alexa New Antiretroviral Therapies and Potential Drug Interactions in HIVInfected Drug Abusers | OMICS International
ISSN: 1948-5964
Journal of Antivirals & Antiretrovirals

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New Antiretroviral Therapies and Potential Drug Interactions in HIVInfected Drug Abusers

PSS Rao1, TJ Cory2 and S Kumar1*

1Department of Pharmaceutical Sciences, College of Pharmacy, University of Tennessee Health Science Center, Memphis, TN, USA

2Department of Clinical Pharmacy, College of Pharmacy, University of Tennessee Health Science Center, Memphis, TN, USA

*Corresponding Author:
Santosh Kumar
Associate professor
Department of Pharmaceutical Sciences
College of Pharmacy
University of Tennessee Health Science Center
881 Madison Ave. Memphis, TN, USA
Tel: + 901 448 6027
E-mail: [email protected]

Received Date: July 30, 2014; Accepted Date: August 28, 2014; Published Date: August 30, 2014

Citation: Rao PSS, Cory TJ, Kumar S (2014) New Antiretroviral Therapies and Potential Drug Interactions in HIV-Infected Drug Abusers. J Antivir Antiretrovir 6:086-091. doi: 10.4172/jaa.10000103

Copyright: © 2014 Rao PSS, et al. This is an open-access article distributed under the terms of the Creative Commons Attribution License, which permits unrestricted use, distribution, and reproduction in any medium, provided the original author and source are credited.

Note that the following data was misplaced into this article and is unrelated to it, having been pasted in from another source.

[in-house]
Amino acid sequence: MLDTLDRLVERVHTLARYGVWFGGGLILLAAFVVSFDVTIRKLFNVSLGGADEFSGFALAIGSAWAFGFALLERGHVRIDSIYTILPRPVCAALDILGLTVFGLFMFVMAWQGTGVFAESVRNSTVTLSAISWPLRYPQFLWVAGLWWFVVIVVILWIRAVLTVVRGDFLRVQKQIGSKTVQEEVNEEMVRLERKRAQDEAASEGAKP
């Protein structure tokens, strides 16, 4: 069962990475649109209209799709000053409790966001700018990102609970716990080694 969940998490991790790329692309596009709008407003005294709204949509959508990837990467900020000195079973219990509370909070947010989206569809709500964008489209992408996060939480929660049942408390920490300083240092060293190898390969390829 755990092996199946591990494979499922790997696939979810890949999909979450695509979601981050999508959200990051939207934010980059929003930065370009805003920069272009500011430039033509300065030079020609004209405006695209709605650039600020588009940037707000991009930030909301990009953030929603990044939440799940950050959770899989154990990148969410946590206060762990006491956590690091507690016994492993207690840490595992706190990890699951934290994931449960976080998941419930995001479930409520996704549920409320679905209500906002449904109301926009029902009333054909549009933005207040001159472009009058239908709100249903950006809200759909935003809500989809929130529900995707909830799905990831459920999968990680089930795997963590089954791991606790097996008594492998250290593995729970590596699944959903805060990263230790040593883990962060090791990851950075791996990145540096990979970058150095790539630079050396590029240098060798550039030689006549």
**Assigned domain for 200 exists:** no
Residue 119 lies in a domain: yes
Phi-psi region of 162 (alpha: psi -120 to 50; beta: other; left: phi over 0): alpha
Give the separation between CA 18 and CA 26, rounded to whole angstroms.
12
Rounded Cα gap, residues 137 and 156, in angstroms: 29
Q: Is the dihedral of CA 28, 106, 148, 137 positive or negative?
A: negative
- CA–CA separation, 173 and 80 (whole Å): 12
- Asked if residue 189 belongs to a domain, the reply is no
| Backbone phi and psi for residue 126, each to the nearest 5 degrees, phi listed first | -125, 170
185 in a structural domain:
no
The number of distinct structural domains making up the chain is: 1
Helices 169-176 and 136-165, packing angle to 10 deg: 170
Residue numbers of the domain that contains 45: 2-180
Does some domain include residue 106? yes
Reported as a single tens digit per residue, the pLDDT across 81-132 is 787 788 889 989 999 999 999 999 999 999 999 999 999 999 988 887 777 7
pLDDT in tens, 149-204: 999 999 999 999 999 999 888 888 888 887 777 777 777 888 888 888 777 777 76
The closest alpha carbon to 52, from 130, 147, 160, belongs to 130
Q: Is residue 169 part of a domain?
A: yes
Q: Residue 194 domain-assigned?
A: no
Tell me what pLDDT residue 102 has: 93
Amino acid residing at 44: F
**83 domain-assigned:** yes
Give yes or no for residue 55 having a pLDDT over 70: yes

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Substance abuse remains a major obstacle in treating HIV-infected patients. The high prevalence of drug use is responsible for lack of adherence and severe drug interactions to antiretroviral therapy in HIV positive individuals. Over the past decade, newer therapies for HIV have been developed by targeting different stages of HIV life cycle. Of importance, targeting initial binding with receptor and genome integration by CCR5 antagonists and integrase inhibitors, respectively have been effective in reducing viral loads in clinical trials. However, most of these recently approved or investigational antiretroviral drugs are also metabolized by cytochrome P450 (CYP) enzymes. Thus, substance abuse mediated changes in level of CYP enzymes (induction or inhibition) may result in severe drug interactions, failure of therapy, rapid progression to AIDS, and increased mortality in HIV patients who are treated with regimens containing CCR5 antagonists and integrase inhibitors. In this review, we have discussed the pharmacokinetic data, efficacy, lack of adherence to these therapies in drug abusers, and CYP-mediated potential drug interactions for CCR5 antagonists and integrase inhibitors in HIV-infected drug abusers.


The World Health Organization (WHO) surveillance data estimates approximately 35 million HIV-infected people worldwide, 1.3 million of which are in USA [1]. In USA, the rate of new HIVinfected cases is steady at approximately 50,000/year. Importantly, the National Survey on Drug Use and Health (NSDUH) report reveals that ~25% of HIV positive patients are in need of substance abuse treatment [2]. Moreover, a majority (~80%) of the surveyed HIV infected patients report use of illicit drugs, intravenously or non-intravenously, during their lifetime.